Vancouver, B.C., October 07, 2018
When was the first Thanksgiving in North America?
The first known thanksgiving treaty in North America was probably made by Francisco Vásquez de Coronado and the Caddo tribe on May 23, 1541, in what is today Texas. The discovery of food was celebrated by the expedition of the Spaniards.
Thanksgiving in Japan
Even in Japan, there was an ancient Imperial Thanksgiving (niinamesai "Cost of New Rice"), a Shinto ritual in which the emperor sacrifices freshly harvested rice to the gods. In the first year after the emperor's accession to the throne, the festival is celebrated as daijôsai ("great expense"). The first mention of this ritual, the origin of which is suspected earlier, can be found in the Nihonshoki from the year 720, where a ceremony from the year 678 is reported. Thanksgiving Day has become a public holiday celebrated on the 23rd of November, which is the day of thanks for the work.
Tamil Thanksgiving: Pongal
Pongal (Tamil: Poṅkal [poŋɡəl], literally: "boil over"), also known as Tai Pongal or Thai Pongal, is a Tamil harvest thanksgiving. It is celebrated at the beginning of the Tamil month of Tai (mid-January) and is one of the most important Tamil holidays. Pongal also refers to the rice dish, which is cooked during the festival but can also be eaten on other occasions. The festivities last four days in total.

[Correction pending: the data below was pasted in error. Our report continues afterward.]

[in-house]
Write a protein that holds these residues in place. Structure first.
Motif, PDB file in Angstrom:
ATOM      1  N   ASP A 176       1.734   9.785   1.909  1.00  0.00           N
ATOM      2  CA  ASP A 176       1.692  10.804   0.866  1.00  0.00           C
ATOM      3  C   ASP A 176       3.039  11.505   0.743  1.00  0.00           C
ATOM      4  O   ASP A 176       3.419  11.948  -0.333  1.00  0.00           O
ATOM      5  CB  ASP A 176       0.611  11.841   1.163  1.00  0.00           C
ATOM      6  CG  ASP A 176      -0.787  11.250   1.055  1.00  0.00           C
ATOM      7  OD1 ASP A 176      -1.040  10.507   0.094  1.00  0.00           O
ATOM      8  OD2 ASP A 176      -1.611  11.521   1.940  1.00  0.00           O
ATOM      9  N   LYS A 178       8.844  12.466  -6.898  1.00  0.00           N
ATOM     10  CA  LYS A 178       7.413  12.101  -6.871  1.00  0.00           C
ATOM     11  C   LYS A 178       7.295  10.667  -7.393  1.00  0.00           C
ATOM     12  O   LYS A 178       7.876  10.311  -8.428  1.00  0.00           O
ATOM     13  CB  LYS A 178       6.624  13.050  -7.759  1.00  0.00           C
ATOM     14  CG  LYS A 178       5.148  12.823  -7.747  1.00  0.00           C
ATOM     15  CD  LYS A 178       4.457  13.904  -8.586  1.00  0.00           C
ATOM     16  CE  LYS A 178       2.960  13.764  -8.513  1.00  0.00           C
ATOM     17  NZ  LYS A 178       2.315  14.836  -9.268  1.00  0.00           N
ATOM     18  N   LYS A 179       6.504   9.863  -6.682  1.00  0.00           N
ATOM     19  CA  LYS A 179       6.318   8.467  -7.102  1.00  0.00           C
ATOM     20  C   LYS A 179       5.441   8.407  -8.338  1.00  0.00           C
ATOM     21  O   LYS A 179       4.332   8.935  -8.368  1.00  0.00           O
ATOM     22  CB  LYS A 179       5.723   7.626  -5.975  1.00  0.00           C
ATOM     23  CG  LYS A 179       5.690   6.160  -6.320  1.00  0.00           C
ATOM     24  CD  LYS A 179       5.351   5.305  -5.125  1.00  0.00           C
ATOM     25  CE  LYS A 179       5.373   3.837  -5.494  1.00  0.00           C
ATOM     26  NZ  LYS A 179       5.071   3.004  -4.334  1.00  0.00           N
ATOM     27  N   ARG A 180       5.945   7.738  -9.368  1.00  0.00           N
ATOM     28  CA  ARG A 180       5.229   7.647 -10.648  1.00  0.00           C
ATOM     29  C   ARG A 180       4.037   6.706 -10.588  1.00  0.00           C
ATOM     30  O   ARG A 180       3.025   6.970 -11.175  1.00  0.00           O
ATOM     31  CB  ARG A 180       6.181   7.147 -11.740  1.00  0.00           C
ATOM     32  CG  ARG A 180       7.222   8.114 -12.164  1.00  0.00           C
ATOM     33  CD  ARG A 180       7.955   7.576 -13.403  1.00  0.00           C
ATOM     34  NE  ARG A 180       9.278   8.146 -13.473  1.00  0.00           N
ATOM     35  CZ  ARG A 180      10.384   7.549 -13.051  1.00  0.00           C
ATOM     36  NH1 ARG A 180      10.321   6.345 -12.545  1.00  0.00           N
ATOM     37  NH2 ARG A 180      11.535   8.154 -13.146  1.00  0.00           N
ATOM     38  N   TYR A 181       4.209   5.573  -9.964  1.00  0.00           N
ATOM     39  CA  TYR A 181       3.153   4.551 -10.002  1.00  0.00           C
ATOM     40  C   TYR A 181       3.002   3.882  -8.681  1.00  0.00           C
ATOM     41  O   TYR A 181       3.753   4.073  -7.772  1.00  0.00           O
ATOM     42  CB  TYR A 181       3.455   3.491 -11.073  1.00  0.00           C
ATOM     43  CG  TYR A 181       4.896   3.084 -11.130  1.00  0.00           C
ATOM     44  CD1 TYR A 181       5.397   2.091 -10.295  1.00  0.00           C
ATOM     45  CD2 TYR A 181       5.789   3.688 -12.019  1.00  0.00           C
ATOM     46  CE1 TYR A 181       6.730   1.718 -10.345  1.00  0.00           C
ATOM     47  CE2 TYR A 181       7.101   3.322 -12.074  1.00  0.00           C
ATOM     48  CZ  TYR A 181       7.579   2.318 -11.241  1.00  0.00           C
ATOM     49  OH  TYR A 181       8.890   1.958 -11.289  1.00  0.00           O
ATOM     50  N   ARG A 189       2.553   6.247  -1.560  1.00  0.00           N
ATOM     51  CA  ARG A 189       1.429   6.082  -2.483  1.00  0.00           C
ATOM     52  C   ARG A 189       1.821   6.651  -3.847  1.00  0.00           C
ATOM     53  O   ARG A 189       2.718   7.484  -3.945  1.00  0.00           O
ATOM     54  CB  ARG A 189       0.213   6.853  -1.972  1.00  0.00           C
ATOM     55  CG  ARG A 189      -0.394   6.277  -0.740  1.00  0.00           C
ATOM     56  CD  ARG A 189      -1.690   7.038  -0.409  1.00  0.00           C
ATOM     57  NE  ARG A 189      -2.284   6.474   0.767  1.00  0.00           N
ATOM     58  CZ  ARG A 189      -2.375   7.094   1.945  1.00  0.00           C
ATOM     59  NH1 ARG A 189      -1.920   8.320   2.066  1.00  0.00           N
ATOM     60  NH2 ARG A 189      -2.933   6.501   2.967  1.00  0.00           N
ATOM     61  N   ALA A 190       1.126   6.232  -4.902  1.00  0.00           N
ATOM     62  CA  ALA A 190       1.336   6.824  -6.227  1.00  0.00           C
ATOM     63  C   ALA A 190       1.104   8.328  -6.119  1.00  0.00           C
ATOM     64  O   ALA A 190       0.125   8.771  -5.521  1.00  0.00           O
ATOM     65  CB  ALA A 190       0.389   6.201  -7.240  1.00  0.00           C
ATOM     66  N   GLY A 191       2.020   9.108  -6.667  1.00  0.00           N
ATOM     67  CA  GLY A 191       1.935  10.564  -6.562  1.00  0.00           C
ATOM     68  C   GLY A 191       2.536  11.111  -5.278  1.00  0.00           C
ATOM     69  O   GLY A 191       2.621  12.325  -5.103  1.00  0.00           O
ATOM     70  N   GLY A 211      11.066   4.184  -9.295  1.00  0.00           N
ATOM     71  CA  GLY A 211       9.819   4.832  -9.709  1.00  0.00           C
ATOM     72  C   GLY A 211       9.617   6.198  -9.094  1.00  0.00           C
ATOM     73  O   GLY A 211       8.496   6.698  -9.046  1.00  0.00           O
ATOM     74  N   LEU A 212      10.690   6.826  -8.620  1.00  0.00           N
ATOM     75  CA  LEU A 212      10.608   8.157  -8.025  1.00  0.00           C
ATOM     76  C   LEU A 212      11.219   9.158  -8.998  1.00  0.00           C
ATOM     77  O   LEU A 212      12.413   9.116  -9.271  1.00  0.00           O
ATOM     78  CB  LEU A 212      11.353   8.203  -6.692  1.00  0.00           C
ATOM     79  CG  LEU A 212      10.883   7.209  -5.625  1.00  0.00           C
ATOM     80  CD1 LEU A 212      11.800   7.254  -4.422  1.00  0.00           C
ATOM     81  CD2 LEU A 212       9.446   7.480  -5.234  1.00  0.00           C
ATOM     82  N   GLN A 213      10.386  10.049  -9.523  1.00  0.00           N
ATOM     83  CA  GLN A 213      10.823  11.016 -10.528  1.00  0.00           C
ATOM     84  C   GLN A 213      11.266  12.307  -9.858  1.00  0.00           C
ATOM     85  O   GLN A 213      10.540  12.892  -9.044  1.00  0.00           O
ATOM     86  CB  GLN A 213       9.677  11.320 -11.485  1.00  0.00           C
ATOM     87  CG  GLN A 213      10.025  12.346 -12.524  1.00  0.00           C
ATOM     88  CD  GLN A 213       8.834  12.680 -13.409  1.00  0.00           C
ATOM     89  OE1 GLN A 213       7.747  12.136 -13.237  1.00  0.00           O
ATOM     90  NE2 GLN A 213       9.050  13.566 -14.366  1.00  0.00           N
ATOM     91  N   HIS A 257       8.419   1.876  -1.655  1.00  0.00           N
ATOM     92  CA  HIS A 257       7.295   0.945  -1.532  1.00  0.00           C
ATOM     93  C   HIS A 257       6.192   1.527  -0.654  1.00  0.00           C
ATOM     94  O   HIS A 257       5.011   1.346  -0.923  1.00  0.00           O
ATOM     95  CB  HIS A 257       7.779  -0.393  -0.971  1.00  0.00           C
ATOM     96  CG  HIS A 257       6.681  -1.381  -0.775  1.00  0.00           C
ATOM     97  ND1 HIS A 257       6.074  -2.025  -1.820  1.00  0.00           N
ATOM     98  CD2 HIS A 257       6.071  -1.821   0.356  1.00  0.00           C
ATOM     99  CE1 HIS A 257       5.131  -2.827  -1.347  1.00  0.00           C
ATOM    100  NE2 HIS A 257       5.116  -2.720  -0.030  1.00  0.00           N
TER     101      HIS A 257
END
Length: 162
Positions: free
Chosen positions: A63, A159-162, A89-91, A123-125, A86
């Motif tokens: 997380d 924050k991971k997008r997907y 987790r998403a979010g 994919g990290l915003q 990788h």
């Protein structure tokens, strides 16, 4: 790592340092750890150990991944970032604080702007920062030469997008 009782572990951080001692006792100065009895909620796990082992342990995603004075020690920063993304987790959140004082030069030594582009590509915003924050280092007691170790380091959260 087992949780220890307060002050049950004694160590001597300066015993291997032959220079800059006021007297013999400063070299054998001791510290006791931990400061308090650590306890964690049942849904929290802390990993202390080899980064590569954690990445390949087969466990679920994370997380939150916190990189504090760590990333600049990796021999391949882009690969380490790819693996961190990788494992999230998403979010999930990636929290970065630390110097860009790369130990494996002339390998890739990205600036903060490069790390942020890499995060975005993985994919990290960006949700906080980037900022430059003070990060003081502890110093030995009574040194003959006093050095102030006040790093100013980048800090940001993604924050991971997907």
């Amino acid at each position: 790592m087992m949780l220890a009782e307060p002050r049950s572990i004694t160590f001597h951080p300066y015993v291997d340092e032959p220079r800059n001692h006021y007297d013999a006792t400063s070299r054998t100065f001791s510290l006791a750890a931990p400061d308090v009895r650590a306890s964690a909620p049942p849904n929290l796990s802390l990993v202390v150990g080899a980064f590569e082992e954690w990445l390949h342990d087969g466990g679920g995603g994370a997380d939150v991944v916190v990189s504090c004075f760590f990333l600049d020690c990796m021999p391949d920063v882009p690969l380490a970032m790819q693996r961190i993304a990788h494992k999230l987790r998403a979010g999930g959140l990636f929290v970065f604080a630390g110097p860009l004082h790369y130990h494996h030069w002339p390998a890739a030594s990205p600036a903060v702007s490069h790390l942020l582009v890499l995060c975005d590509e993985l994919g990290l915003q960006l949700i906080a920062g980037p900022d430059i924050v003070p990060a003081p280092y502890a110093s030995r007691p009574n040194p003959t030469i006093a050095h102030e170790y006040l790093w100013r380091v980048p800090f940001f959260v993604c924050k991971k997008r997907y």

The Roman Catholic German Bishops' Conference set the first Sunday in October as a fixed date in 1972, without making this stipulation binding on all communities. An official part of the church year is the Thanksgiving but not until today, the communities are not required to celebrate the festival. "The salvation-oriented year of the church knows no harvest thanksgiving." Nevertheless, the custom of thanksgiving for a good harvest has long been common in many Roman Catholic communities, so that - in addition to herb consecration on 15 August, Quatember and the firstfruits - in the Roman Catholic Church, the Eucharist on the first Sunday in October many times "Thanks for the Fruit of the Earth and Human Labor" on the altar surrounded by "Erntedank" Gifts.
Wishing you all a Happy Thanksgiving with your loved ones!
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